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What Marketers Need to Know About Facebook’s Latest News Feed Algorithm Update

Andrew Grojean

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EXECUTIVE SUMMARY
In late June, Facebook updated its News Feed algorithm to emphasize posts from users’ friends and family. This move will inherently result in less emphasis being placed on content from publishers and brand pages, including photos, videos and links. Marketers with Facebook pages will likely see a small decline in organic page reach.

As part of this update, Facebook also introduced “News Feed Values,” a new document that allows Facebook to be more transparent about its approach to the ranking algorithm.

While algorithm changes occur almost every month and are routine, the scope of this update and steps taken to increase transparency are noteworthy. This POV will address how the “News Feed Values” impact page reach and discuss implications for marketers.

NEWS FEED VALUES
We’ve always known Facebook’s News Feed is powered by an algorithm. This algorithm uses a number of factors to display personalized content that Facebook thinks users will like. However, what those factors are and how they are weighted has mostly been a mystery.

“News Feed Values” gives marketers a glimpse into Facebook’s process. This set of guidelines is what Facebook adheres to when it changes the algorithm. We’ve highlighted several of the most significant guidelines.

FRIENDS AND FAMILY COME FIRST
“Facebook was built on the idea of connecting people with their friends and family,” wrote Adam Mosseri, vice president of product management at Facebook. “That is still the driving principle of News Feed today.”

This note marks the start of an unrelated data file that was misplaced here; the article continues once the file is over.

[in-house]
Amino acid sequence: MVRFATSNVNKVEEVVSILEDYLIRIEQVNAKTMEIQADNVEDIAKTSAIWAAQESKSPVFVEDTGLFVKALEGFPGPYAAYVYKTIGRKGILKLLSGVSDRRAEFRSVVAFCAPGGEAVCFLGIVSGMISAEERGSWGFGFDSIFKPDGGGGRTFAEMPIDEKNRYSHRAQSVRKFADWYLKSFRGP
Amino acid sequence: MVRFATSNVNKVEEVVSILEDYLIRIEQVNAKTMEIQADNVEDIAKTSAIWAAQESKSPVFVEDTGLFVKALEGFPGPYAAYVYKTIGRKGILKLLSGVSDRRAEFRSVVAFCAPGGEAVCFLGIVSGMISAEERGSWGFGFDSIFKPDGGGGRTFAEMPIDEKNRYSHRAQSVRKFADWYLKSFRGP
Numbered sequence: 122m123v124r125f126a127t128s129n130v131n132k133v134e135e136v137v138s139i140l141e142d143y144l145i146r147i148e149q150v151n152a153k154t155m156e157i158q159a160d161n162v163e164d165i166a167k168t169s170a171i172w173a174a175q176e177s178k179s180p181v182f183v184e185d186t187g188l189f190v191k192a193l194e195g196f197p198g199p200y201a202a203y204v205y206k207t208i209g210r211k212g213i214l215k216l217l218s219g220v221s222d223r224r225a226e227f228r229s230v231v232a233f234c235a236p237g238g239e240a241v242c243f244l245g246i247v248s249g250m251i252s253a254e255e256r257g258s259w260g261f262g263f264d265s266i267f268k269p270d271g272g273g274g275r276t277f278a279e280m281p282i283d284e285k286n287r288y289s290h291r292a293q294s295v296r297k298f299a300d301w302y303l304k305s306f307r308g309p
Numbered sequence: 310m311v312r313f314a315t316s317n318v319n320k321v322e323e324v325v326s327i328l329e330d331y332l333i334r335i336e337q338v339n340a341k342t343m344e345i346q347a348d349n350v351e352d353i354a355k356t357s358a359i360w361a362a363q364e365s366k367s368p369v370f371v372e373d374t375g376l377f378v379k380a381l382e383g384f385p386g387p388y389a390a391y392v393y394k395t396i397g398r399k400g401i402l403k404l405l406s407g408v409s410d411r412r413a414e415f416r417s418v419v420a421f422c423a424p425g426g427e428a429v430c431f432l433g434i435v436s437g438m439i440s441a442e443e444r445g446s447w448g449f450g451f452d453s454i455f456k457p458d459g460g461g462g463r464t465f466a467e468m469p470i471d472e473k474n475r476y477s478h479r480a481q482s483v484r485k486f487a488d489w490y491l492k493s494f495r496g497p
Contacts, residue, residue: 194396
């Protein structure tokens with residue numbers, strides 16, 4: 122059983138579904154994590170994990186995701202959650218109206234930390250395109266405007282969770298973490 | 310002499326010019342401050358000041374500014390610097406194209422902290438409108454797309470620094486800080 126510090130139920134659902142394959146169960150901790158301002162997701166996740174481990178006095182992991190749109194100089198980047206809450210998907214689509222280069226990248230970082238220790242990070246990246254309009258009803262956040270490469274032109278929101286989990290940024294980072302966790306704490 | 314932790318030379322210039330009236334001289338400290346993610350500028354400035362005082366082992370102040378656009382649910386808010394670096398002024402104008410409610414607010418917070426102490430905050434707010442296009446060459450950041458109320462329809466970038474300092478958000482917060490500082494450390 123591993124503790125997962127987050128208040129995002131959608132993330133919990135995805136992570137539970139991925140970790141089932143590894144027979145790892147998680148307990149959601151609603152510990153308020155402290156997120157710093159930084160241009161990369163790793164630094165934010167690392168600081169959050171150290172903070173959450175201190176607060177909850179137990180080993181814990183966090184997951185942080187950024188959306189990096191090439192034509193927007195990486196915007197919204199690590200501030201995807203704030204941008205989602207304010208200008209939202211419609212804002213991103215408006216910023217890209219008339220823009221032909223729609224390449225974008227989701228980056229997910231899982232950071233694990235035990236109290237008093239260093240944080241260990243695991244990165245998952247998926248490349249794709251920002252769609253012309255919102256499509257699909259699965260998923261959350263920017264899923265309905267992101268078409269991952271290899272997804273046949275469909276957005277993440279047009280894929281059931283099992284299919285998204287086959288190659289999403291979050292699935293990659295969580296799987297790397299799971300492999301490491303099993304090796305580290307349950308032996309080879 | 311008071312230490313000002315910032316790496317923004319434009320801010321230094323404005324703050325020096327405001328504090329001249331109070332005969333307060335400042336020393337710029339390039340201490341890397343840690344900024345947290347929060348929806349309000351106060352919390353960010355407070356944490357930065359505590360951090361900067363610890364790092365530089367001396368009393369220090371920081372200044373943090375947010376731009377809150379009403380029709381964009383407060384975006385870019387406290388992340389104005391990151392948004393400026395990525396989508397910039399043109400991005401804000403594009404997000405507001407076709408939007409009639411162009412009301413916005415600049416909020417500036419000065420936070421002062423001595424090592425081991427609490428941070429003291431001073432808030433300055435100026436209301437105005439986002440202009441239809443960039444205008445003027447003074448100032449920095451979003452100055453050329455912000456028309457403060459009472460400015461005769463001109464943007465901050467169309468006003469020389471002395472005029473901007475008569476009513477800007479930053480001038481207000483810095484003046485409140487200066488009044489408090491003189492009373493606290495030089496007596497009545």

Facebook’s research has shown that, after friends and family, users have two other expectations of their feeds:

  • It should be informative — People highly value stories they consider informative. These stories could be posts about a current event, a famous celebrity, local news or a recipe. What one person finds informative may be different from what another finds informative.
  • It should entertain — Facebook will try to predict what users want to spend their time reading and watching to serve them more relevant content in the future.

USERS CONTROL THE EXPERIENCE
Facebook has incrementally given users more control of their feeds over the past few years. Last year, Facebook introduced News Feed Preferences to help users choose the friends and pages they would like to “See First” in their feeds. As News Feed evolves, Facebook will continue to provide users with more powerful tools to personalize their experiences.

This update solidifies that Facebook intends on cultivating good user experiences in the News Feed.

AUTHENTIC COMMUNICATION
Feedback from News Feed surveys indicates that authentic stories are the ones that resonate the most. Facebook strives to understand what kinds of stories people find misleading, sensational or spammy to show less of that content moving forward.

The introduction of “News Feed Values” is itself a welcome step toward authenticity and transparency for marketers. Facebook came under fire earlier this year for a lack of transparency about how it chooses stories for Trending Topics. Brands can finally gain some understanding about how their content will be ranked in News Feeds.

IMPLICATIONS FOR MARKETERS
There is no question that this update puts some marketers in a tough spot. The algorithm shift continues a trend years in the making — organic reach has declined and the platform is “pay to play.”

Facebook anticipates that “this update may cause reach and referral traffic to decline.”

However, News Feed algorithm updates ultimately improve the user experience and keep more users coming back more frequently. This creates a larger audience for marketers to target both organically and through paid media.

Facebook acknowledges that there will be more competition for News Feed real estate for brands. In turn, Facebook has made it easier for brands to advertise on the platform. The infamous “20% text” rule, designed to limit the amount of text in ad images, is no more. Facebook’s updated policy on branded content makes it easier for brands to see returns on native and paid advertising.

Facebook is trying to balance between content that is interesting and relevant to users and content that is valuable for advertisers. Brands should continue to create content that informs or entertains to engage with users and limit any potential page reach declines.

Marketers who may be impacted by this change should consider adding paid media to their marketing mix. Intouch expects Facebook to keep adding new paid opportunities, ad units and ad formats for brands in the coming months.

 

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